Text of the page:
Everything he ever wanted was slipping away. Todd Hamilton knew that feeling intimately, too intimately, maybe, and more times than he cared to admit.
This time, it was happening below scudding clouds alongside the Irish Sea, with the British Open on the line. But it couldn't have felt all that different from all those other picture-postcard days spent trying to eke out a living playing golf on the other side of the Atlantic, or the other side of the world.
A player doesn't become a PGA Tour rookie at age 38, after all, without becoming familiar with disappointment. In Hamilton's case, there were seven failed attempts to get through the tour's qualifying school in Florida and California. Then there was the time, a dozen years ago, when the sponsors bankrolling his shot at the Asian tour were running out of patience and money.
''I knew I was a decent golfer. I knew I tried hard. I knew I worked hard,'' Hamilton said.
At the end of a day when he must have wondered a dozen times whether his reach would ever exceed his grasp, Hamilton was now sitting close enough to the silver claret jug to see his wide smile reflected in it.
''Sometimes I think what kept me back two things, really were I put a lot of pressure on myself to do well and a lot of times I felt that in tournaments like this, if I happened to get into them, I didn't really feel that I belonged.
''So,'' he added, ''maybe all that will change now.''
Who knows where and when someone finally finds enough steel in his spine to stand up to failure.
Anybody who watched this Open unfold would answer that the place was Royal Troon and the time was at the end of a Scottish summer afternoon. Hamilton played ''military golf'' on the 72nd hole of regulation Sunday hitting it right, left, right, left before walking off with a bogey that let Ernie Els catch him and force a playoff. But that doesn't begin to tell Hamilton's story.
He could have folded at any point in the four-hole playoff and still acquitted himself honorably, much the way close pal and fellow American golfing expatriate Brian Watts did in losing a playoff to Mark O'Meara at the 1998 British Open.
But Hamilton spent too much time in too many far-flung places preparing himself for this moment to let that happen to him.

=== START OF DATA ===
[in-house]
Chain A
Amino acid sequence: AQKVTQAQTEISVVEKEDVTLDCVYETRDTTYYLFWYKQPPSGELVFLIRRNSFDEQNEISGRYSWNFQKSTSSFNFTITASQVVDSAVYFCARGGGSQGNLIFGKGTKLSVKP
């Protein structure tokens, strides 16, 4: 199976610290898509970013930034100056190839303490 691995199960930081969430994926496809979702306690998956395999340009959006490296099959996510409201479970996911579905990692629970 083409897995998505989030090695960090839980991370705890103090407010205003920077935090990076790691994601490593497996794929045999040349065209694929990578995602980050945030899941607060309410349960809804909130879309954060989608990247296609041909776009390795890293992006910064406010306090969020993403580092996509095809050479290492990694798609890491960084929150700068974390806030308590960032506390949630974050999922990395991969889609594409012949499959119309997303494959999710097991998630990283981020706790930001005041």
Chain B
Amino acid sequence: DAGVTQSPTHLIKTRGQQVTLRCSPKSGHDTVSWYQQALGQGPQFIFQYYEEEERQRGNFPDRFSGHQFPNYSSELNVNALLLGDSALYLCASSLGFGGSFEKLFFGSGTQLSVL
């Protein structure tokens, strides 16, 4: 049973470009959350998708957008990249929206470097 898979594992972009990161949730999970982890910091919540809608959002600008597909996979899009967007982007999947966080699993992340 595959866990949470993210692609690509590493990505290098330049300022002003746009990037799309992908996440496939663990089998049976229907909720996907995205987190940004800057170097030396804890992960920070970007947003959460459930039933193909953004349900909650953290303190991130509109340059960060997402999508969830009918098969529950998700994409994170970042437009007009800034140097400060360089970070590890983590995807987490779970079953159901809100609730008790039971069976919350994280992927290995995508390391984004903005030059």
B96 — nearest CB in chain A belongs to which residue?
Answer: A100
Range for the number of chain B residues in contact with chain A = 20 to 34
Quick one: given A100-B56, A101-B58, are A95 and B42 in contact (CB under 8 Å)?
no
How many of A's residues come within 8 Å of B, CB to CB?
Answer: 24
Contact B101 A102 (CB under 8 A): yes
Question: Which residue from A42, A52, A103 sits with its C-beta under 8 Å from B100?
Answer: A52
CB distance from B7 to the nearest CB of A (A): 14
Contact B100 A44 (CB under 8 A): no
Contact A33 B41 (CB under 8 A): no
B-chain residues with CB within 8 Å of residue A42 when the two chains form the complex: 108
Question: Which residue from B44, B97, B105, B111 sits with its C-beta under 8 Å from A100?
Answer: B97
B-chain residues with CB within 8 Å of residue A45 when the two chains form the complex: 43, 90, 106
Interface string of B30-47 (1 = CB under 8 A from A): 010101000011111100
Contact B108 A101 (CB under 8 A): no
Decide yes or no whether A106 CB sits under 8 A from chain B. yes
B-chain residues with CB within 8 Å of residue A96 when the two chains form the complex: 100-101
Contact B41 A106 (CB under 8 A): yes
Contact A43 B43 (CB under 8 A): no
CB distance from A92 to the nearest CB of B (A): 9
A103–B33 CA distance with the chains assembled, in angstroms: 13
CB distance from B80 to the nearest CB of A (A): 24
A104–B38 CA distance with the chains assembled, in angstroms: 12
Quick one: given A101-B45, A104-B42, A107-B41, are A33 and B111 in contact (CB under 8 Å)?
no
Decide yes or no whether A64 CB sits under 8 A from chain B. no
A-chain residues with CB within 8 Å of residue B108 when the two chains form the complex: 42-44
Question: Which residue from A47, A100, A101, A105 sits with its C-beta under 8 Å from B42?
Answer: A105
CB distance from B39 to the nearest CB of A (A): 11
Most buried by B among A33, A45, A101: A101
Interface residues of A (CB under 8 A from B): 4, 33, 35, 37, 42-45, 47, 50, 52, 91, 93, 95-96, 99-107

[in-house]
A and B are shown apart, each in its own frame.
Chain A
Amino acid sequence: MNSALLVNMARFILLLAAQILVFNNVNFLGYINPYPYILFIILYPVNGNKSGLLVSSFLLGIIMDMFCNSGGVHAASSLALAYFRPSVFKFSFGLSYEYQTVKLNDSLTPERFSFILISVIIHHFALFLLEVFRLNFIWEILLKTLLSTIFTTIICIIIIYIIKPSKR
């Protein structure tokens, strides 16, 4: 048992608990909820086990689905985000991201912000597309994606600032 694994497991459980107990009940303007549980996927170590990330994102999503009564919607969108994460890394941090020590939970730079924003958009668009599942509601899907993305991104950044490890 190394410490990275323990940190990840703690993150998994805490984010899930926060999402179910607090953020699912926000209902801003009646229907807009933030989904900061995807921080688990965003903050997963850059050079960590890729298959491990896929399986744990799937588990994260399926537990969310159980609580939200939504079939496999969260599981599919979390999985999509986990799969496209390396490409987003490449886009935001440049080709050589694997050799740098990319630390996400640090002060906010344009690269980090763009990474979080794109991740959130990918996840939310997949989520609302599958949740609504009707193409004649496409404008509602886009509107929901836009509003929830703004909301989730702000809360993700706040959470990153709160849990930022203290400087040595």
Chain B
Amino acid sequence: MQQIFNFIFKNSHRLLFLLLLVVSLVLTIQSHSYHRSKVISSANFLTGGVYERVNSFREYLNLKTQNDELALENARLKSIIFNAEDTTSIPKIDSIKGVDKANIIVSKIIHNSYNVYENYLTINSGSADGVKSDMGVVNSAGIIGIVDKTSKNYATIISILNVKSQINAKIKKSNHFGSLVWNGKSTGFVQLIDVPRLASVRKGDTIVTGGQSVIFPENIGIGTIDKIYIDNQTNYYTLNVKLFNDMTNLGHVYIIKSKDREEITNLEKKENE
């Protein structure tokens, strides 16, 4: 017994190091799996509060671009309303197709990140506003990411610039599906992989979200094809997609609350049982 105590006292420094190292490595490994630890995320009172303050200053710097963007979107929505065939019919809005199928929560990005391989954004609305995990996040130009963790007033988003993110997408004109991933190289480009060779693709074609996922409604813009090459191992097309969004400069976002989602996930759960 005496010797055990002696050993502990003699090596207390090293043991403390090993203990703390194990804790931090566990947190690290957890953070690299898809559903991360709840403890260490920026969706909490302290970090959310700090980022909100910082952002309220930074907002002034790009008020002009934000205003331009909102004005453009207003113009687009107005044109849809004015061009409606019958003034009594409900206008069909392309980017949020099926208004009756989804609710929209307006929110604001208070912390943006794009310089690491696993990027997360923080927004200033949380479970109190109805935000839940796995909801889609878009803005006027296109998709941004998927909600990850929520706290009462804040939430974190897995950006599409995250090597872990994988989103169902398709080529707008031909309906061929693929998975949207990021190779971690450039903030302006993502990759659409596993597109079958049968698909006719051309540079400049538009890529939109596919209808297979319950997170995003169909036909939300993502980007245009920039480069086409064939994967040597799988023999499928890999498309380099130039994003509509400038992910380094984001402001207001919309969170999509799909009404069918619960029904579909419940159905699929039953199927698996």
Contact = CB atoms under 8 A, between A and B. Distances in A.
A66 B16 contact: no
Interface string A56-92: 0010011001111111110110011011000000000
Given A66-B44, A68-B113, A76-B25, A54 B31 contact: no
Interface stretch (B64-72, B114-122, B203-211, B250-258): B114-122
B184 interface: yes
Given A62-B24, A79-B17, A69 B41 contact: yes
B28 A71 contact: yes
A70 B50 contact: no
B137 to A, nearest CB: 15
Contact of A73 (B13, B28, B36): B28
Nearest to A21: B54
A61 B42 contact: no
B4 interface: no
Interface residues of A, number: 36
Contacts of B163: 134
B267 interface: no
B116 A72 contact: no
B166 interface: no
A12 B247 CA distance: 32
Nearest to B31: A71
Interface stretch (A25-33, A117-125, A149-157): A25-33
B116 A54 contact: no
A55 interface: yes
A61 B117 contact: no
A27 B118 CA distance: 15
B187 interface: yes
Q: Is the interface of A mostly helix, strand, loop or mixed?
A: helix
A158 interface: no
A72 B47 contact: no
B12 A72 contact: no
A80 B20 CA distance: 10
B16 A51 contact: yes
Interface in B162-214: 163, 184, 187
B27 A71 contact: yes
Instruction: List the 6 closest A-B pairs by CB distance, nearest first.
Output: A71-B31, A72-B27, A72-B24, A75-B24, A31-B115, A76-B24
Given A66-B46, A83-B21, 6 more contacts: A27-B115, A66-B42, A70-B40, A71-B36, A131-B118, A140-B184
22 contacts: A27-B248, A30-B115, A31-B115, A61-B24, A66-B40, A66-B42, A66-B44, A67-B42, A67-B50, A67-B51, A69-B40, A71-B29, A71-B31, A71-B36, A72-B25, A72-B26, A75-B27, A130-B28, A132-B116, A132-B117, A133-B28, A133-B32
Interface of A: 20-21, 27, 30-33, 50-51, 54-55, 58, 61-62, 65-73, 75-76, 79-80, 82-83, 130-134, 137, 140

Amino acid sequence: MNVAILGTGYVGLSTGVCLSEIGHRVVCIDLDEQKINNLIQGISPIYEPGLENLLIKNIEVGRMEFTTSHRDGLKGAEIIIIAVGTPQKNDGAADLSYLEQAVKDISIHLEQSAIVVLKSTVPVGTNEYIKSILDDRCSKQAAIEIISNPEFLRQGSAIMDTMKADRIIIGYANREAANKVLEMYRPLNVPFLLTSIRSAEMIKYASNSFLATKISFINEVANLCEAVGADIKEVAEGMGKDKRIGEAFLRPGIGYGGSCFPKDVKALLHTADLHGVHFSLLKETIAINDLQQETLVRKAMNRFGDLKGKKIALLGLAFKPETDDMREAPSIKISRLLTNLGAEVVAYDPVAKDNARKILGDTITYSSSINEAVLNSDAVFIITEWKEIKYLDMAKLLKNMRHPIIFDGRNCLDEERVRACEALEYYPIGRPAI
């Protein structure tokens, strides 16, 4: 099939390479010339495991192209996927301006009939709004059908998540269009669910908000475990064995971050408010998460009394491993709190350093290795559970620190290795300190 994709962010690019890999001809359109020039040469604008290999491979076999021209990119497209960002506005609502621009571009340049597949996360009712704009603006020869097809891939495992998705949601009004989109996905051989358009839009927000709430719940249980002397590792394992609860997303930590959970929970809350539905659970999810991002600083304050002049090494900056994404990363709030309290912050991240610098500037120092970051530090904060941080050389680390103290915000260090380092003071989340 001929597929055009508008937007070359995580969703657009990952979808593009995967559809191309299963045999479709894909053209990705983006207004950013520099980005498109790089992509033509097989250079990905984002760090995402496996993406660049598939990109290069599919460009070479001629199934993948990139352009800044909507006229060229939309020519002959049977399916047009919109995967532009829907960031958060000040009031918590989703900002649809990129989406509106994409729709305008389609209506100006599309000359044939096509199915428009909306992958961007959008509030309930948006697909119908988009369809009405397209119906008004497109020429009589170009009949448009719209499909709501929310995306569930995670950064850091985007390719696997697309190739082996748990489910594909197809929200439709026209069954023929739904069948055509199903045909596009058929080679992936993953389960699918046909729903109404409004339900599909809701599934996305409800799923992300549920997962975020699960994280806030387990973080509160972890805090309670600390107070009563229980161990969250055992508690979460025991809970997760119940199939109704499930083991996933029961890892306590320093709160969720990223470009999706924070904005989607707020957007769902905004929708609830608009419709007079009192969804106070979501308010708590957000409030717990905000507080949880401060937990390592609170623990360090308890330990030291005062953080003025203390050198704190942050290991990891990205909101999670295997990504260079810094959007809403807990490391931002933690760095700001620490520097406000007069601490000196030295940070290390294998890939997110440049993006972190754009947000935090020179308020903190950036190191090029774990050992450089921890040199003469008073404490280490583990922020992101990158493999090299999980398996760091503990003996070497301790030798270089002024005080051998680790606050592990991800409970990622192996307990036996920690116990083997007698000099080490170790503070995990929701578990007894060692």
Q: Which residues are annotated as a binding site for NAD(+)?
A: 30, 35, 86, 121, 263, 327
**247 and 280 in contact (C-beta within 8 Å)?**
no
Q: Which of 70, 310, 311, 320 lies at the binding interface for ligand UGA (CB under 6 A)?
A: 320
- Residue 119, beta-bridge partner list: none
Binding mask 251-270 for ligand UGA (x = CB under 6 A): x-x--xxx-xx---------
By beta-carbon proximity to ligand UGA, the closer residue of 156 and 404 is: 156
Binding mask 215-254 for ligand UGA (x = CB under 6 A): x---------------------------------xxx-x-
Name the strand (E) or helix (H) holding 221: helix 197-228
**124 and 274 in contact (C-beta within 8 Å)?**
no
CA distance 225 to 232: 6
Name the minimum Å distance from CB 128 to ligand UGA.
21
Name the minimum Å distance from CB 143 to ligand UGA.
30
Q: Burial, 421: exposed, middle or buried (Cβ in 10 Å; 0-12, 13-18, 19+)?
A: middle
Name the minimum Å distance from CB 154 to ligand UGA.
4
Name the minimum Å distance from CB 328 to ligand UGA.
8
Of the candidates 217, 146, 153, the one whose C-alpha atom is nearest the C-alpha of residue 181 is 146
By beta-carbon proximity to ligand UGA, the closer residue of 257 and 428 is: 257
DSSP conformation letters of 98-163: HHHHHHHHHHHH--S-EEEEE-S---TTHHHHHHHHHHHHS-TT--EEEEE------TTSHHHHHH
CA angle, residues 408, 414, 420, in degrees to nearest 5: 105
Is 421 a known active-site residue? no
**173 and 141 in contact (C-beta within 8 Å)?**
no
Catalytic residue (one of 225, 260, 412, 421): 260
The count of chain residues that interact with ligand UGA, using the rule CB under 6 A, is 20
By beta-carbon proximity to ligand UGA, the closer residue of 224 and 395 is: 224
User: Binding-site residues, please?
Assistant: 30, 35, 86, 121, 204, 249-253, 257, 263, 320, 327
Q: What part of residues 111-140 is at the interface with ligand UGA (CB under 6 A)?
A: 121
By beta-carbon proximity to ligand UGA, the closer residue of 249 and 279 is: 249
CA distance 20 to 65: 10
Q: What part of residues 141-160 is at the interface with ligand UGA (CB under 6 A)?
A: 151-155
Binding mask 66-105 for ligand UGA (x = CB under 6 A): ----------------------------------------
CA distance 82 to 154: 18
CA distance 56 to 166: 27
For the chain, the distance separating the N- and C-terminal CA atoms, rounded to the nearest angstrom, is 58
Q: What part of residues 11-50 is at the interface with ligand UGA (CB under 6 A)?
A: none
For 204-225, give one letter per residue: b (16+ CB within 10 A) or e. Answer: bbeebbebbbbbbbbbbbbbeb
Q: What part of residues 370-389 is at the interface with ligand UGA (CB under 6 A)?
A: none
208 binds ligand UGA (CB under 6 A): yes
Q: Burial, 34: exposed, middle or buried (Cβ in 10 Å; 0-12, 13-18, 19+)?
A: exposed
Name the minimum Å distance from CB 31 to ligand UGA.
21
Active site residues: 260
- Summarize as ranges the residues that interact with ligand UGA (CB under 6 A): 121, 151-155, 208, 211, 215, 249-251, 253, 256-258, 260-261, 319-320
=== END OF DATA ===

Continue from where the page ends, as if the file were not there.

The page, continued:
There were all those lonely weeks living in hotels, struggling with foreign languages and wondering whether his three young kids back home were learning to walk and talk without him. There were times when Hamilton played tournaments in Asia, where opponents' caddies, or their friends, flat-out cheated, bumping balls out of tough spots and trying to take money out of his pocket.
Stretching even further back were those days when Hamilton was a kid himself. He was so in love with golf that he went round and round a nine-hole course in a tiny west-central Illinois town his personal record was seven times in one day trying to master a maddening game.
''I'm kind of glad it worked out that way,'' he said after climbing into the lead at the end of the third round, ''having some struggles here and there and fighting back to achieve my dream.''
As it turned out, Hamilton's biggest fight was still in front of him. When he left Troon's aging clubhouse, Els was alongside and out ahead of them, players like Phil Mickelson, Retief Goosen and Tiger Woods major winners all were collecting birdies.
This time, though, Hamilton turned out to be more sure-handed than any of them. He brushed aside one big name after another until only Els was left. At the third hole of the playoff, he made par to the South African's bogey, then ran a chip shot to within 2 feet of the hole at the last one for an even-nervier par to seal the win.
Hamilton bent over to pull the ball out of the cup, then stopped and took in the scene. The grandstands were packed with fans howling their admiration and thousands more cheered along the fairway, turning the 18th green into a roiling amphitheater of noise.
Hamilton celebrated along with them for a moment, then walked back to the hole and reached down for the ball. He grabbed and held on tight, certain at last that there was no chance this one was going to slip away.
Jim Litke is a national sports columnist for The Associated Press. Write to him at firstname.lastname@example.org.
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